Moviemakers and cinematographers now have an exciting, innovative new film stock to utilize for their future productions. On April 6, Kodak announced their latest advancement in film technology—a new color reversal film available in the Super 8mm format. A daylight-balanced, 100-speed film incorporating bright saturated colors and fine grain with excellent sharpness, Kodak Ektachrome 100D Color Reversal Film 7285 is a must for both burgeoning and veteran moviemakers and cinematographers.

“Super 8 mm film is a versatile, affordable option for filmmakers who require the image quality and flexibility of film,” says Chris Johnson, product manager for Kodak’s Entertainment Imaging Division. “Quantum leaps in film emulsion technology have made Super 8 – once considered a hobbyist’s format – a viable option for professional filmmakers and students.”

According to Johnson, many of today’s great cinematographers and moviemakers began their careers at their local photo shop, purchasing a cartridge of Super 8 film. Where Kodak Ektachrome 100D Color Reversal Film differs is that it offers moviemakers image quality far superior to that of the standard home movie format of the 1960s. Says Johnson, “One benefit is that Super 8 is now a terrific option for students who want to hone their skills, as well as for professional filmmakers who want to craft a distinctive look for their project.”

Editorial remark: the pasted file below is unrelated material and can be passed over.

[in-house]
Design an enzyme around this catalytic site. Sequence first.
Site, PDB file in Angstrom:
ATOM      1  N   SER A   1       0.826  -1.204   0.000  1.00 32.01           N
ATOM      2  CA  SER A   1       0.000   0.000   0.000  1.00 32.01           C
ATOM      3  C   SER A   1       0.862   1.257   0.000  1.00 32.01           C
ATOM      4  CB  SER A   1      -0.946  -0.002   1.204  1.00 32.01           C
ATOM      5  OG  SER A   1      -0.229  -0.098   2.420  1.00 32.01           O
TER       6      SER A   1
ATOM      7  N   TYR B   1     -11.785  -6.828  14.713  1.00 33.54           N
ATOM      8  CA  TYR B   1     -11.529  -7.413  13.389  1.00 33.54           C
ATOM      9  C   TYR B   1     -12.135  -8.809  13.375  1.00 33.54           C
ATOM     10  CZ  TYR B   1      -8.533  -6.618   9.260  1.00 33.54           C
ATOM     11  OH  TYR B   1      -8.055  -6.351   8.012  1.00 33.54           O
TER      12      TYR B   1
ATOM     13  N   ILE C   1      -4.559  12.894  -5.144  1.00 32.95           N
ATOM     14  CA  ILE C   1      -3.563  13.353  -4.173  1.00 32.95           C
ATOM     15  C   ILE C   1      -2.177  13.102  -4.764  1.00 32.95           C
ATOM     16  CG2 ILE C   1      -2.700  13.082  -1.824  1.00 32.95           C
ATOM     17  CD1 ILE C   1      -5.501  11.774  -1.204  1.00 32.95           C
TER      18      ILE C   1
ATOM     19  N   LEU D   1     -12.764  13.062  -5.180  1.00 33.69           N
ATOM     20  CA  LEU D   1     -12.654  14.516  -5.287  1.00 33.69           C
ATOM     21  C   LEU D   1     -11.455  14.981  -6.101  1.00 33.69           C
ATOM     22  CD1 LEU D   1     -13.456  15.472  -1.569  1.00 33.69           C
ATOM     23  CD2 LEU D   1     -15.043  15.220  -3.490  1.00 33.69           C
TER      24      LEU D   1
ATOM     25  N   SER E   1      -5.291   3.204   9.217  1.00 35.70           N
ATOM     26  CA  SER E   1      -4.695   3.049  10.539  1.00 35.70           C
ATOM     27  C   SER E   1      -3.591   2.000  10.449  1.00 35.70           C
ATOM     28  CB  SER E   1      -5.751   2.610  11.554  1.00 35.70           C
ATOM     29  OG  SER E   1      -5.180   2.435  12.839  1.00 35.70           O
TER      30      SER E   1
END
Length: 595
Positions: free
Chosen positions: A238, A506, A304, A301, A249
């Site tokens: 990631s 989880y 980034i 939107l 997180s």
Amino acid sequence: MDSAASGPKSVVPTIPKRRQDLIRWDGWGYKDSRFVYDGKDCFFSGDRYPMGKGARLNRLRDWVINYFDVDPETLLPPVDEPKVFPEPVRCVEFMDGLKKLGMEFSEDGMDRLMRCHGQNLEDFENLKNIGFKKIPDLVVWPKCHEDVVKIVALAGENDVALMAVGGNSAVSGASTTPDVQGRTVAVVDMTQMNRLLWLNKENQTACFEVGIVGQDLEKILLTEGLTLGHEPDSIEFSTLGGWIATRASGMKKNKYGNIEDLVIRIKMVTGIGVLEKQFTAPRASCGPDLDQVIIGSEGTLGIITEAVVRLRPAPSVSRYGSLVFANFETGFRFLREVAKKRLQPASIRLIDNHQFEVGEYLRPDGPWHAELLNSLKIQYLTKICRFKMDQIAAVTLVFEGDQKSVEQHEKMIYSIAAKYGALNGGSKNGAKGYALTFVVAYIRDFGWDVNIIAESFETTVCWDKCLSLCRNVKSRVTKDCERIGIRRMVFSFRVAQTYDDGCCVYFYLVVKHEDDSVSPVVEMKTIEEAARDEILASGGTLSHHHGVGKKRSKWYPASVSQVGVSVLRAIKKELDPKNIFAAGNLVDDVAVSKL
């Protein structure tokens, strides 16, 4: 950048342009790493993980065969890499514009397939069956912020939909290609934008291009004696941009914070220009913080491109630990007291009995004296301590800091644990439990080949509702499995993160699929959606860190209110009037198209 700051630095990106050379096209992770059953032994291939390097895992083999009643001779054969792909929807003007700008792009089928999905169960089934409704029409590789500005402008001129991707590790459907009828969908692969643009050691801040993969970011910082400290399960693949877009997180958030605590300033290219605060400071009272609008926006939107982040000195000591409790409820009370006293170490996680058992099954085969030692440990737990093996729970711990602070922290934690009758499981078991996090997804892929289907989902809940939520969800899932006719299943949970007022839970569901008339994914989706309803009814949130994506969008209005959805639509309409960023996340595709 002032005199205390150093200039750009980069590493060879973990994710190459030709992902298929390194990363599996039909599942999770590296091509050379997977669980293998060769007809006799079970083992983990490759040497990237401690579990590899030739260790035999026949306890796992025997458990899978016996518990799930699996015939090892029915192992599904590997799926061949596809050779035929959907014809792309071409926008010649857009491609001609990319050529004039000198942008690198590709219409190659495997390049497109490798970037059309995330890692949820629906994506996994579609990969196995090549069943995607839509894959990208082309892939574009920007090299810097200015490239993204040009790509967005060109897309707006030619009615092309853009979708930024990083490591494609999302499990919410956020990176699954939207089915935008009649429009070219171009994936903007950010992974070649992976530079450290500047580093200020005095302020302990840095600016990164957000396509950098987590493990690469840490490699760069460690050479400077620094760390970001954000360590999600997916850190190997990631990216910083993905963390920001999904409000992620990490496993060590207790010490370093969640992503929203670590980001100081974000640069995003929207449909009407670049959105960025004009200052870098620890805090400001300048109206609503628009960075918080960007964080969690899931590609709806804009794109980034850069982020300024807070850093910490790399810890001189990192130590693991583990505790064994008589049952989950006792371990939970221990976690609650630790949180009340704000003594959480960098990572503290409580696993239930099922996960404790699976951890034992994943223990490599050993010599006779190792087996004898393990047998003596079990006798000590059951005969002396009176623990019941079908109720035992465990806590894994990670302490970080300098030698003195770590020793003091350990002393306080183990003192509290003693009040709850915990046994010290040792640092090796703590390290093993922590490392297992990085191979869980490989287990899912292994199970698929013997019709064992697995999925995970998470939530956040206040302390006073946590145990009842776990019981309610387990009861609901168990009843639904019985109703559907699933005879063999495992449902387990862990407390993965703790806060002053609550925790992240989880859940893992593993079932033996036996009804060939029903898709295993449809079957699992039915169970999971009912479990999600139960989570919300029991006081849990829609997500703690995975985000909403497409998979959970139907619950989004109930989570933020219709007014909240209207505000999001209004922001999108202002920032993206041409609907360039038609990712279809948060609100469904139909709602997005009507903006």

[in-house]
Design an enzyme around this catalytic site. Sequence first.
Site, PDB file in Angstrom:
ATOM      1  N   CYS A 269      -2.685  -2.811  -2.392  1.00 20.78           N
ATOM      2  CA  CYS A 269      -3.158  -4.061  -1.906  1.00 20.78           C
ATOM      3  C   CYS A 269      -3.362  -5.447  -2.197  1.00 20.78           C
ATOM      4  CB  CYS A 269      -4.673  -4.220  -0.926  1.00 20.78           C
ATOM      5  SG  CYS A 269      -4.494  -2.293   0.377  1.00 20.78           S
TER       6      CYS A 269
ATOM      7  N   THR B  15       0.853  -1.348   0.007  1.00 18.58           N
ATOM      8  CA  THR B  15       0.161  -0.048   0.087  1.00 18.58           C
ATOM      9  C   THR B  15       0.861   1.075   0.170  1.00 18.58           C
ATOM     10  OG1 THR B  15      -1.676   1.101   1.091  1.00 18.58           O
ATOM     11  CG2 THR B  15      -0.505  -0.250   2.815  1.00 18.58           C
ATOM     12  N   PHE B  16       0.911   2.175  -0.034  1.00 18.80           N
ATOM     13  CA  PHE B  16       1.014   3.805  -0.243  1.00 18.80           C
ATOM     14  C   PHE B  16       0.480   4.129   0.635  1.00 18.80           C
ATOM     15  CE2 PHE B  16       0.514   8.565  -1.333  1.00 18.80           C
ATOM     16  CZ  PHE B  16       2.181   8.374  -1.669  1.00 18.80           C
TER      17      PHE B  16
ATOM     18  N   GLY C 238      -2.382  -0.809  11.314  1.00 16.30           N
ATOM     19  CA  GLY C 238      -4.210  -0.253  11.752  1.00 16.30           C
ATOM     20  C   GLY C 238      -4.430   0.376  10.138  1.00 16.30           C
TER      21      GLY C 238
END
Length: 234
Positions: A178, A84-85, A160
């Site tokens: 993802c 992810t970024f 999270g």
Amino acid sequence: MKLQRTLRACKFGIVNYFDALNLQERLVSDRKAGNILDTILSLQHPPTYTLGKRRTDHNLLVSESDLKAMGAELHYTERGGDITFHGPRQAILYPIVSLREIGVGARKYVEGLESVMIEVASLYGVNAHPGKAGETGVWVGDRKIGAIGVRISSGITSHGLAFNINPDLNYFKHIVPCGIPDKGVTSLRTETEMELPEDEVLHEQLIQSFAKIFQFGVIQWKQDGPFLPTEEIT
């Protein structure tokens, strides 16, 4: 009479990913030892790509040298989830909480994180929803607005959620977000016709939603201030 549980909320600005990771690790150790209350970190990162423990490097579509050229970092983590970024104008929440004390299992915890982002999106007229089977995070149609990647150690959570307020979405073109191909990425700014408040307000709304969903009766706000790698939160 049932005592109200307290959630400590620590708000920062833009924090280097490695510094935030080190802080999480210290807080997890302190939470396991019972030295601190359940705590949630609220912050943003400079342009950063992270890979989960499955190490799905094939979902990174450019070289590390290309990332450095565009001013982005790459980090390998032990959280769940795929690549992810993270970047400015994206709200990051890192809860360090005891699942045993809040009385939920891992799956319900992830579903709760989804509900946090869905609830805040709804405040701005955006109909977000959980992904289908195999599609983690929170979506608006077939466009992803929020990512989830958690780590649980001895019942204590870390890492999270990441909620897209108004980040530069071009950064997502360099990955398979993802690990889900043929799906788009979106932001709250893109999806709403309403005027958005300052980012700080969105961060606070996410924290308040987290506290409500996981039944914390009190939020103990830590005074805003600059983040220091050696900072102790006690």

Film labs from around the world couldn’t be happier about Kodak’s new product. One of the leading labs in the United States supporting the Super 8 format is Pro8MM, located in Burbank, California. “Our customers have been clamoring for Kodak to offer the 100D product in the Super 8 format,” says Phil Vigeant, president of Pro8MM and author of the book, “The Power of Super 8.” “The results our customers can produce with a Super 8 camera and a 50-foot cartridge of Super 8 film scanned to HD are amazing,” Vigeant says. Adds Daniel Wittner, president of Wittner Cinetic, one of the leading European facilities supporting Super 8, “The increased saturation of the 100D film makes colors just pop. We are glad to see Kodak continuing to support this important format.” ” And, according to Johnson, Kodak still has big plans for enhancing film technology for moviemakers in the future: “We are excited and happy to demonstrate Kodak’s continued commitment to film technology, and we look forward to further announcements this year,” he says.

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